Asia-Pacific summit ends without joint statement amid US-China tensions

Asia-Pacific summit ends without joint statement amid US-China tensions

The Asia-Pacific Economic Cooperation meeting concluded this weekend without a joint statement being issued, the first time in more than two decades. 

Bloomberg News reported on Sunday that a statement was not released because the U.S. and China failed to agree on its language. It was the first time since leaders began gathering for the annual meeting in 1993 that it did not end in a joint communique being issued. 

The development appears to be the latest signal that the trade war between the U.S. and China will not cease anytime soon.

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“I don’t think it will come as a huge surprise that there are differing visions on particular elements in regard to trade,” Canadian Prime Minister Justin Trudeau said in a press conference. 

“That prevented there from being a full consensus on the communique document.”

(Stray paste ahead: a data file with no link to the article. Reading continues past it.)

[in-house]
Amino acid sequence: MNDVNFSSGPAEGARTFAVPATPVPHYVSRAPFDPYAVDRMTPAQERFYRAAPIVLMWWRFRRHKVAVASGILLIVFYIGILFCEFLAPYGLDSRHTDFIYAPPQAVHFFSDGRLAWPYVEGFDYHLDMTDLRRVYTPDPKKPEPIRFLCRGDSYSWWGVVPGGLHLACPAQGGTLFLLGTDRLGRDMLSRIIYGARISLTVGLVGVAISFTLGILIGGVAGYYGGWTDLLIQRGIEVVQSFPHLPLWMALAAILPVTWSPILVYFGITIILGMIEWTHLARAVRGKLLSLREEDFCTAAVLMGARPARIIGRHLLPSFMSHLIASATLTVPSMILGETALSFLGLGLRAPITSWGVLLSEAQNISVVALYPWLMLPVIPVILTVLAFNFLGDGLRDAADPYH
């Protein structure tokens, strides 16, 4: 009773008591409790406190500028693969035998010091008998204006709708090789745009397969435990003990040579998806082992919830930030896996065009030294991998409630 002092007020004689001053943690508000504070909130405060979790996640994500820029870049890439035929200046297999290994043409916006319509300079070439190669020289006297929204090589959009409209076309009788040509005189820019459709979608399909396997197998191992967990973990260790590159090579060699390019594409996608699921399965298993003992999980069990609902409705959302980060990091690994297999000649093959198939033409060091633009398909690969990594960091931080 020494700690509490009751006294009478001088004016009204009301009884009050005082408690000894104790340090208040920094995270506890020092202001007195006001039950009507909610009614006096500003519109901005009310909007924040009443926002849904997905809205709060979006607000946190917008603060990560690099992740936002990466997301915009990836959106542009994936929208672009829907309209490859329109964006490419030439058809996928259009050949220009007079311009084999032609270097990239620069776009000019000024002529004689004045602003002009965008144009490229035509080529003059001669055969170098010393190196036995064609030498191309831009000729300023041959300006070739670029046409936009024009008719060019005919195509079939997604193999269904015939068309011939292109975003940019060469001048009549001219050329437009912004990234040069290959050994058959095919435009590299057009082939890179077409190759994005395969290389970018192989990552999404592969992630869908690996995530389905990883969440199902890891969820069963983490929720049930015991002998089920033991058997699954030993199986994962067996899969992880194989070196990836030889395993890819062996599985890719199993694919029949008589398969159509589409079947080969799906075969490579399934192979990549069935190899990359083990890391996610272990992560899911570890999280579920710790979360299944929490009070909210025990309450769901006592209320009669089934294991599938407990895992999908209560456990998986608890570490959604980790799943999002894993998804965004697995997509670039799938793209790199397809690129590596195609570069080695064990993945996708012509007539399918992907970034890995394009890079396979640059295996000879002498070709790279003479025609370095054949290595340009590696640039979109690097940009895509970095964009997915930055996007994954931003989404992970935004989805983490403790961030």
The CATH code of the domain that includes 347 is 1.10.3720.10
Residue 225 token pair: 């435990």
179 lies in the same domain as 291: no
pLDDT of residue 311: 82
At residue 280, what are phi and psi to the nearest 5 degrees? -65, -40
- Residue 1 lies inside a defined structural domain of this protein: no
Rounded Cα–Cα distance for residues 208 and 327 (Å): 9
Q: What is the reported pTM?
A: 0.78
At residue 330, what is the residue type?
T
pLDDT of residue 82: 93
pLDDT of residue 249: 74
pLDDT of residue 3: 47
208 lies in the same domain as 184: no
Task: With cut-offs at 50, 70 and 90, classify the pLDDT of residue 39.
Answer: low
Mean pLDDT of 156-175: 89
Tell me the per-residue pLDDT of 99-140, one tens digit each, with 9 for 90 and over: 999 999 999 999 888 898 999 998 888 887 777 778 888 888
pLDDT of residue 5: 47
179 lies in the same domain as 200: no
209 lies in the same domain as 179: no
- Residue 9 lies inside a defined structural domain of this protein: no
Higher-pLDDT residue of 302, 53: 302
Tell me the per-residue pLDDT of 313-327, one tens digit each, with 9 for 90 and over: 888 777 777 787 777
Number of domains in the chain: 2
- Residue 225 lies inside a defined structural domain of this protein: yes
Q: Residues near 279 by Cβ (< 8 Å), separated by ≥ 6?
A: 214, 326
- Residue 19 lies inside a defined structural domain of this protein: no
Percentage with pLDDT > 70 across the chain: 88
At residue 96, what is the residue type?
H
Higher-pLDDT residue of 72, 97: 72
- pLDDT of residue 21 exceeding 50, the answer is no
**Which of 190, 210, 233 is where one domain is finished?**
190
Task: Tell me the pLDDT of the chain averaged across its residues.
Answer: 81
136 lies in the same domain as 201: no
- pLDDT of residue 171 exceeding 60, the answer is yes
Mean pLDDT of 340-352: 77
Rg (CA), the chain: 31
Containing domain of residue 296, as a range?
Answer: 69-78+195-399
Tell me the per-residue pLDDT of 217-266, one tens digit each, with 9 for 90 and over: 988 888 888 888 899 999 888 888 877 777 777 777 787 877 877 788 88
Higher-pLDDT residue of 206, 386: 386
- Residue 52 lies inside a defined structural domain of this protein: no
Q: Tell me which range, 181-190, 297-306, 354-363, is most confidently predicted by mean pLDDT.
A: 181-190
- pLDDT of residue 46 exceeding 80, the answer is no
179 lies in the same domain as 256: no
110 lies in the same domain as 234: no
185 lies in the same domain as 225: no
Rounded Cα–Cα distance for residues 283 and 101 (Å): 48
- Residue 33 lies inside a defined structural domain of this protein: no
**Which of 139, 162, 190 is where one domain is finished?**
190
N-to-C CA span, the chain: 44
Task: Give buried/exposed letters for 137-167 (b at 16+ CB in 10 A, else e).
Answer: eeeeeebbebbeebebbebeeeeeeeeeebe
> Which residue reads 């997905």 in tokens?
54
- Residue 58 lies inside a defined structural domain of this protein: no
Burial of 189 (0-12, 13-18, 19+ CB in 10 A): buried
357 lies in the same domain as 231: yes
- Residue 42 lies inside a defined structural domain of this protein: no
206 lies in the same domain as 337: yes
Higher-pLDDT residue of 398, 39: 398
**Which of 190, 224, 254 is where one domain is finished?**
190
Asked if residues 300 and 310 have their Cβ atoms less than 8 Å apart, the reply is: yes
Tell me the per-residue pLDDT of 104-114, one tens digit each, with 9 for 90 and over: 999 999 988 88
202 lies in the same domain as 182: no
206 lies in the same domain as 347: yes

Papua New Guinea Prime Minister Peter O’Neill added that reforms from the World Trade Organization (WTO) were the main reason for the dispute between the nations that attended the meeting.

Bloomberg reported that O'Neill said countries other than the U.S. and China expressed concerns with the topic of reforms. 

A U.S. official told Bloomberg that it would be inaccurate for China to assert that a communique wasn't issued because America voiced issues with the WTO. 

The official said that China had expressed issue with a pledge from governments to fight “all unfair trade practices." China viewed the statement as one that was singling them out. 

China and the U.S. have exchanged billions in retaliatory tariffs this year. President TrumpDonald John TrumpPelosi arrives in Jordan with bipartisan congressional delegation Trump says his Doral resort will no longer host G-7 after backlash CNN's Anderson Cooper mocks WH press secretary over Fox News interview MORE said last Friday that China is interested in making a trade deal with the U.S., but noted that the countries have to have "reciprocal trade." 

"We can’t have trade that’s meant for stupid people, and that’s the way they took advantage of our country," he said.